Abuse. Molestation. Genetics. Hormone imbalance. Brain chemistry. Abandonment. Divine predestination. Free will.
These are some of the terms that have historically been used to describe the causation of same-gender attraction and gender dysphoria. More terms exist. Countless causes have been plastered throughout our culture to explain the existence of any sexual attraction that is not straight or any gender identity that is not cisgender.
Despite all of these supposed explanations, we are no closer to understanding why some people are same-gender attracted. We are still not sure why some people have incongruence between their gender identity and their biological sex.* And because of this, we have no idea how to move forward. It’s as if we are stalled on the highway, unable to get the car started.
Friends, it’s time to leave the car behind and start walking.
It’s About People
In the past, we have focused so much on causation that we forgot we were talking about people.
Like actual, living people. Our brothers and sisters. Our children and neighbors.
They are human beings with complex stories, in-depth personal histories, and unique brains that are far more complex than any computer ever created. What makes us think we can understand the origin of sexual and gender identities?
If we distract ourselves with this search, then we miss the chance to minister to people. We are so focused on what led someone to where they are right now that we are not looking at their current needs.
Instead of wondering what causes a teen to be gay, let’s ask what we can do to stop LGBT+ teen bullying.
Instead of focusing on the endless list of possible causes of gender dysphoria, let’s ask what we can do to put an end to transgender suicide.
And let’s definitely stop asking people if they’re repressing childhood memories, and instead find a way to prevent family rejection and homelessness of LGBT+ youth.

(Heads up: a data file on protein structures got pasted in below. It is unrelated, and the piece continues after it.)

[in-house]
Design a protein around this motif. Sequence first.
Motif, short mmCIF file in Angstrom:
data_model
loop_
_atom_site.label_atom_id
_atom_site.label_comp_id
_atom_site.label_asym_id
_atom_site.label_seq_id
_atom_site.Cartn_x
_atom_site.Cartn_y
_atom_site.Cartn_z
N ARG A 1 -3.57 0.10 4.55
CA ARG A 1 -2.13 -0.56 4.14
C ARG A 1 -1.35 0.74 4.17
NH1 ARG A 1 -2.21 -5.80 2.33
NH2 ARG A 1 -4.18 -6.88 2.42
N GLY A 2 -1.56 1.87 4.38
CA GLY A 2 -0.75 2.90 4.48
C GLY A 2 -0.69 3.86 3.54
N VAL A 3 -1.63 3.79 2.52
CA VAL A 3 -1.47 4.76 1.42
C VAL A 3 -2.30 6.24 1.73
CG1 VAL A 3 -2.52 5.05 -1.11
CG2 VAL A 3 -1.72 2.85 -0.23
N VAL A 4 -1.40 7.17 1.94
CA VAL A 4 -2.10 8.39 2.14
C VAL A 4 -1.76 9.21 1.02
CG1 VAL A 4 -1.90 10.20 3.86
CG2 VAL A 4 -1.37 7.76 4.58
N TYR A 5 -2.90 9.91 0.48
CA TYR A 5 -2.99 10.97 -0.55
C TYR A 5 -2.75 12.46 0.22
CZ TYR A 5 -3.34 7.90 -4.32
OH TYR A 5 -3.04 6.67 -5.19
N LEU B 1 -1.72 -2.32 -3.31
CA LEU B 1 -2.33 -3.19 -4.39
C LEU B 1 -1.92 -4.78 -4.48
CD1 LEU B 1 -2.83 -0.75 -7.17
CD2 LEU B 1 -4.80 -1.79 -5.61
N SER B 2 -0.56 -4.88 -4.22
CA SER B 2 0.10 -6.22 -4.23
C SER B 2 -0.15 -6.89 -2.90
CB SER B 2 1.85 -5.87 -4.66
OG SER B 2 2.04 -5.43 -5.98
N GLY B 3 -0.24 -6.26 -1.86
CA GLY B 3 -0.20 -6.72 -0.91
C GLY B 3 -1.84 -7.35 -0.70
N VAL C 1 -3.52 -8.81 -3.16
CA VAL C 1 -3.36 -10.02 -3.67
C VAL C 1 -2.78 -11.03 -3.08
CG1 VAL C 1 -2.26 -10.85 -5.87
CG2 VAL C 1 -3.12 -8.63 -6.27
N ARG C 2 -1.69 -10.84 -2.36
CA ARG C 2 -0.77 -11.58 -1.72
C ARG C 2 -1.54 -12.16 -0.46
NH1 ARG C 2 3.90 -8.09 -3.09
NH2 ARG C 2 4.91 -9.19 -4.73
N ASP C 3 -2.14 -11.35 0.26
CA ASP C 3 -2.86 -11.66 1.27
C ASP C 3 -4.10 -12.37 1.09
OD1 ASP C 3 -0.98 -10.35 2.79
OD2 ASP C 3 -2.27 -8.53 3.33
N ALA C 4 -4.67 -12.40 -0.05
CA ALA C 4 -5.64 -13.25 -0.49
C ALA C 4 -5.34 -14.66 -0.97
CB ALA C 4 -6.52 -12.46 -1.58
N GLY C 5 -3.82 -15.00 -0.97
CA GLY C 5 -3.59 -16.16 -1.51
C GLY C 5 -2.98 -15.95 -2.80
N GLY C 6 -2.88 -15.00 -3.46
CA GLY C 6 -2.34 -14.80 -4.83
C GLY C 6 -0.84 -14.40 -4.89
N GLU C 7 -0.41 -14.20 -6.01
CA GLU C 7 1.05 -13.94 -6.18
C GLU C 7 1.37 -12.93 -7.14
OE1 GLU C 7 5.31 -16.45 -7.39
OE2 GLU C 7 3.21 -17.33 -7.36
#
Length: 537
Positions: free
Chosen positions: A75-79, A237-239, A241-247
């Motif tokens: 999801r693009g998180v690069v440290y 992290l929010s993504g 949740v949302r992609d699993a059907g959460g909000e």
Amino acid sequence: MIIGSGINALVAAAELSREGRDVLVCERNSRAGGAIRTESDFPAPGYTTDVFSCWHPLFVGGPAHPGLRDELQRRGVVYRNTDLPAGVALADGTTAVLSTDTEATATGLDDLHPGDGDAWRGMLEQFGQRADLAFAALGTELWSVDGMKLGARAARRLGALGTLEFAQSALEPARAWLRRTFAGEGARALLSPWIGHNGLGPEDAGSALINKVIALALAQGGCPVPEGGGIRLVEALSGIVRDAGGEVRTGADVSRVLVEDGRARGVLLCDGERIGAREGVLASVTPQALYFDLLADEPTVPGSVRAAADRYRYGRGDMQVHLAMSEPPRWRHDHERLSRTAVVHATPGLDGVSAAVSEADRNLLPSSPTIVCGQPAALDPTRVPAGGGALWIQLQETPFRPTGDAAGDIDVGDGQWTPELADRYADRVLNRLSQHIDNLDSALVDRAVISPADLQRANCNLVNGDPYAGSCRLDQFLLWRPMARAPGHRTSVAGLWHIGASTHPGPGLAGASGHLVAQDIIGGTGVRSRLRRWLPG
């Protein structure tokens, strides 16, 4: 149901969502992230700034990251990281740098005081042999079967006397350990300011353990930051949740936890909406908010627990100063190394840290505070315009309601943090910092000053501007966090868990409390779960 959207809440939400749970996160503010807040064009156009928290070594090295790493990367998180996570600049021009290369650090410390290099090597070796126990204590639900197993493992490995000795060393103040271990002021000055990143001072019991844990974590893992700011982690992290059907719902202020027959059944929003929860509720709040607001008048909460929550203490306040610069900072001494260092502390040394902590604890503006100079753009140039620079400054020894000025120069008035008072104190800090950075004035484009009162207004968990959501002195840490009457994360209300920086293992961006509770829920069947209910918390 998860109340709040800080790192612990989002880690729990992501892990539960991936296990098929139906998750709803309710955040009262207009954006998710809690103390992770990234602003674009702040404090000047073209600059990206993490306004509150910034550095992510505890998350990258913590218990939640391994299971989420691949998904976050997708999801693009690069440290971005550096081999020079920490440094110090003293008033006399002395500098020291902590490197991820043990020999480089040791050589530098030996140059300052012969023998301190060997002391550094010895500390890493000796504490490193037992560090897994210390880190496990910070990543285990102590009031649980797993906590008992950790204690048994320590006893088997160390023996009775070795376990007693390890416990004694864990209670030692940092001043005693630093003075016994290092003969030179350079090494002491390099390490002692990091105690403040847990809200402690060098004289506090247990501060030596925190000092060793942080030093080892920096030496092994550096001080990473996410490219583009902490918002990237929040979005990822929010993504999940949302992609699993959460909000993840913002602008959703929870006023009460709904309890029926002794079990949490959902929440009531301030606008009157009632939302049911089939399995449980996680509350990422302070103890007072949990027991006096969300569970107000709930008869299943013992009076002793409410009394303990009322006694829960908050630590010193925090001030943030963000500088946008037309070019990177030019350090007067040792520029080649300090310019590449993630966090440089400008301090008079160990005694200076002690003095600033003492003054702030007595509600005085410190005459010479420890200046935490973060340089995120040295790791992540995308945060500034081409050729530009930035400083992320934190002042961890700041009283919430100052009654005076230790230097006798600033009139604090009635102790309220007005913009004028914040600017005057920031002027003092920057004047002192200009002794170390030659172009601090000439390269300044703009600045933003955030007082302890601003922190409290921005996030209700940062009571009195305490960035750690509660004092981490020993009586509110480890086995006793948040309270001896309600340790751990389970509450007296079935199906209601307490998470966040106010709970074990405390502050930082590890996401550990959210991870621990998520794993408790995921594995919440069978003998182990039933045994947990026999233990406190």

Bear One Another’s Burdens
Even if we could figure out what forms any individual’s sexual or gender identity, it wouldn’t guarantee us being any better at ministering to LGBT+ people. We need to let go of that futile search. Yes, we should care about a person’s story — what has happened in their lives. But we should never do so in attempt to “fix” them. We should do so because we want to love and care for LGBT+ people in our lives.
Yes, we should care about a person’s story — what has happened in their lives. But we should never do so in attempt to “fix” them. We should do so because we want to love and care for LGBT+ people in our lives.
Paul says in Galatians 6:2 to “bear one another’s burdens, and so fulfill the law of Christ.” He doesn’t say to “fix” or deduce the causation of one another’s burdens. Paul doesn’t even say we get to define what constitutes a burden. He simply says to share it:
- Listen with acceptance
- Instill a sense of self-worth
- Provide unconditional love
Everyone, no matter their gender or sexuality, has burdens in their lives. And no amount of study will reveal a universal causation of gender and sexual identities for each individual. So it’s time to start walking down the highway. The car of causation is long dead — though, honestly, it was never really running to begin with. Until we can let go of it, we won’t be able to minister properly to our LGBT+ loved ones.
It might not be easier. But it will be better.
Learn more about how to pastor and care for LGBT+ people in our newly released resource, Guiding Families, 2nd edition.
*The most researchers can say is that the cause is likely a confluence of nature and nurture, the combination of which is indeterminate and is likely different from person to person.
AUTHOR BIO: Mitchell serves as a ministry resident at First Christian Church in Decatur, IL, where he focuses on training local church leaders in LGBTQ+ outreach and care. As well, he serves as an advisor and writer with Lead Them Home. Mitchell and his wife Emily have a beautiful daughter, Violet.
Josh has an M.A. in Biblical Literature, and his greatest passion is help people grow in their relationship with Jesus.
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